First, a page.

Rimrock jones, p.27
For the few brief weeks before the great trial the office was swarmingwith men. There were high-priced lawyers and geologists of renown andexperts on every phase of the suit, and in the midst of them satRimrock Jones. He wore his big black hat that had cost him a hundreddollars--including the hat-check tips at the Waldorf--and his pistolwas always at his hip. Every step of their case was carefully framedup in the long councils that took place, but at the end Rimrock losthis nerve. For the first time in his life, and with all eyes upon him,he weakened and lowered his proud head. He had a hunch he would lose.
For all those weeks he had been haunted by a presence that alwaysflitted out of his way; but now she was there, in the crowdedcourt-room, and she greeted him with a slow, mirthless smile. It wasMary Fortune and he remembered all too well that time when she had toldhim he would lose. She had said he would lose because he had no case,and because he used money instead; but he knew from that smile she hadother reasons for pronouncing his doom in advance. He had lawyershired who told him, to the contrary, that he had a very good case--andStoddard had spent money, too. Not openly, of course, but through hisattorneys; but that was customary, it was always done. No, behind allher professions of respect for the judiciary and of worship for thelaw, she must know that the right sometimes failed. But behind thatsmile there was the absolute certainty that in some way he was certainto lose.
He met her glance as he came into the court-room surrounded by a troopof his friends, surrounded by lawyers and mining experts and geologistswho professed to see through the earth, and before her gaze he haltedand blenched. There was another person there who regarded him coldlywith a glance like a rapier thrust; but it was not of Stoddard he wasafraid. It was of Mary Fortune, who had come out against him and whocould hear through walls with her 'phone. What she knew might havehelped him, but she was against him now--and she had told him inadvance that he would lose.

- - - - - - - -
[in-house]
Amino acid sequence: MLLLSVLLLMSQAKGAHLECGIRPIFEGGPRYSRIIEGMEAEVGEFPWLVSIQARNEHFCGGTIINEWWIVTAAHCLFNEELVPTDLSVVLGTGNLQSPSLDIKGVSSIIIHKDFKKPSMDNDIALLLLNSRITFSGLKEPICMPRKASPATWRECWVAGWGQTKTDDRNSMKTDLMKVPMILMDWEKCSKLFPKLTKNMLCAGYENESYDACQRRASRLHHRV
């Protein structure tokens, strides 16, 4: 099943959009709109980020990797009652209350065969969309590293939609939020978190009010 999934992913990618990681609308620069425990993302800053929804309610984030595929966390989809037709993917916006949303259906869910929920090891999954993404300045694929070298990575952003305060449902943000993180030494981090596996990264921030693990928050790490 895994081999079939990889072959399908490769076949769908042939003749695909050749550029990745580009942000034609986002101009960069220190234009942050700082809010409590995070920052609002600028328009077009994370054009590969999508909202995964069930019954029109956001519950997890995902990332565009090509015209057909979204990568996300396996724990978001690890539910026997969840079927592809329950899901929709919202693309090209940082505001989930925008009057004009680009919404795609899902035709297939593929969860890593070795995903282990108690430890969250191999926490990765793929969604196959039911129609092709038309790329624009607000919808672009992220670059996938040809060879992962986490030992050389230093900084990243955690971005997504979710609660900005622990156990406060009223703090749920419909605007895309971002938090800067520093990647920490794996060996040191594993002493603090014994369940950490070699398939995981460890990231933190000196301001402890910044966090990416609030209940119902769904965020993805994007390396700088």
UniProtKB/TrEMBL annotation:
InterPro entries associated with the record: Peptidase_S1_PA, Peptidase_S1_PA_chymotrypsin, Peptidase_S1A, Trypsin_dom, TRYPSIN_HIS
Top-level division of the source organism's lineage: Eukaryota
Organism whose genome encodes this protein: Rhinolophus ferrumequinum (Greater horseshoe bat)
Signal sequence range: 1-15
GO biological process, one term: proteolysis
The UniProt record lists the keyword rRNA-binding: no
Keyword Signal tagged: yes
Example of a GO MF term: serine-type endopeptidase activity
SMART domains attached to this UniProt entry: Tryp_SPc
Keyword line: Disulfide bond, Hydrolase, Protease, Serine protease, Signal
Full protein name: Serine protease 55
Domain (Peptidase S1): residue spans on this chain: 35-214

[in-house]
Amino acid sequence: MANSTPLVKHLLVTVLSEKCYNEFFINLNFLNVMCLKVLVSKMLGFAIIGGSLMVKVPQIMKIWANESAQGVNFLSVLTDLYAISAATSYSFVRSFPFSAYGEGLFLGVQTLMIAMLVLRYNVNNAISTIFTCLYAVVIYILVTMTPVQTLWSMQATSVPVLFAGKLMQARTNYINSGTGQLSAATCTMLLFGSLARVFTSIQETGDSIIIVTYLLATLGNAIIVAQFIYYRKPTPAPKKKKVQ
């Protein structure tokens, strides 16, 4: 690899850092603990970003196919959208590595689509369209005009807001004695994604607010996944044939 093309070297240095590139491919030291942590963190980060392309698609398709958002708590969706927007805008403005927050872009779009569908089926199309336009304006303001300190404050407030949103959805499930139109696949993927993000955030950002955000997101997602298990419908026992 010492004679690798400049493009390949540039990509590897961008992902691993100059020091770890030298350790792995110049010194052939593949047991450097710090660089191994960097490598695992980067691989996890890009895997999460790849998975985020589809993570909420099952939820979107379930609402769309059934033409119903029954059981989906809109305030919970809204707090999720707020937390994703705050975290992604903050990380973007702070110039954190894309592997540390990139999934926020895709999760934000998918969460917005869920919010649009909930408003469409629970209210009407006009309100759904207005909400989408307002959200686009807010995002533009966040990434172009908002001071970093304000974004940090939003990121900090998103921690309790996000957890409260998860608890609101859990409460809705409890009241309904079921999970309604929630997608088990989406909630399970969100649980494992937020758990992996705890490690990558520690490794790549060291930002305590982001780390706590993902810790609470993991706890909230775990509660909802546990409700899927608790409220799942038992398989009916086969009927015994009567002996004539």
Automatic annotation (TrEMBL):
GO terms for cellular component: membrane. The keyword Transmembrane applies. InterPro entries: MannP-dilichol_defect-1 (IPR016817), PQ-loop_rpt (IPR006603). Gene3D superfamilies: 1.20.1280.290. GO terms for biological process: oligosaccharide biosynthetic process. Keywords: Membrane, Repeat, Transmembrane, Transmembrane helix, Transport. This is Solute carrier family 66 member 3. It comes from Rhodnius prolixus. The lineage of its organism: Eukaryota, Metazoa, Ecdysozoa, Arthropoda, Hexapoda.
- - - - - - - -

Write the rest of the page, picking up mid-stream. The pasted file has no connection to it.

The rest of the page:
As Rimrock sat thinking, his eyes cast down and his mind far back inthe past, a great blow was struck by the bailiff's mallet and the crowdrose up to its feet. A stern-faced judge, robed in the black cloak ofhis office, stepped out through the curtains behind the bench and asRimrock stared the bailiff beckoned him sharply and he scrambled to hisfeet with the rest.
"Oyez! Oyez! Oyez!" cried the bailiff in the words that echoed of thepast. "The United States District Court is now in session!"
He struck again as the judge took his seat and Rimrock sank down intohis chair. But he had stood in respect to the majesty of the law andit was then that his hunch came back. For this was no appeal to anelected judge or the easily swayed emotions of a jury; it was an appealto the cold, passionless mind of a man who considered nothing but thelaw.
Ike Bray was there, looking pinched and scared, and the two guards whohad witnessed his relocation, and they testified to the facts. In vainRimrock's lawyers orated and thundered or artfully framed up their longquestions; it took days to do it, but when the testimony was all in itwas apparent that Ike Bray's claim would hold. But this was only thebeginning of the battle, the skirmish to feel out the ground; and nowthe defense brought up its big guns. One after the other they putexperts on the stand to testify to the geology of the Tecolote; butCummins and Ford produced others as eminent who testified to theopposite effect. So the battle raged until the wearied judge limitedthe profitless discussion to one more day, and then Cummins and Fordlaunched their bombshell.
"Your Honor," began Cummins as he rose with a great document. "Ishould like to introduce as evidence this report, which unfortunatelyhas only just come to hand. As Your Honor has intimated the testimonyof hired experts is always open to suspicion of bias, and especiallywhere great interests are at stake; but I am able to offer for theinformation of the Court a document both impartial and thorough. It isthe combined reports of three practical geologists employed by theTecolote Company itself, though at a time preceding this suit andintended solely for the purposes of exploration. As Your Honor willobserve, although the reports were made independently and under ordersto seek nothing but the facts, they agree substantially in this: that,within an extension of its end-lines, the Old Juan claim is the trueapex of the entire Tecolote ore body."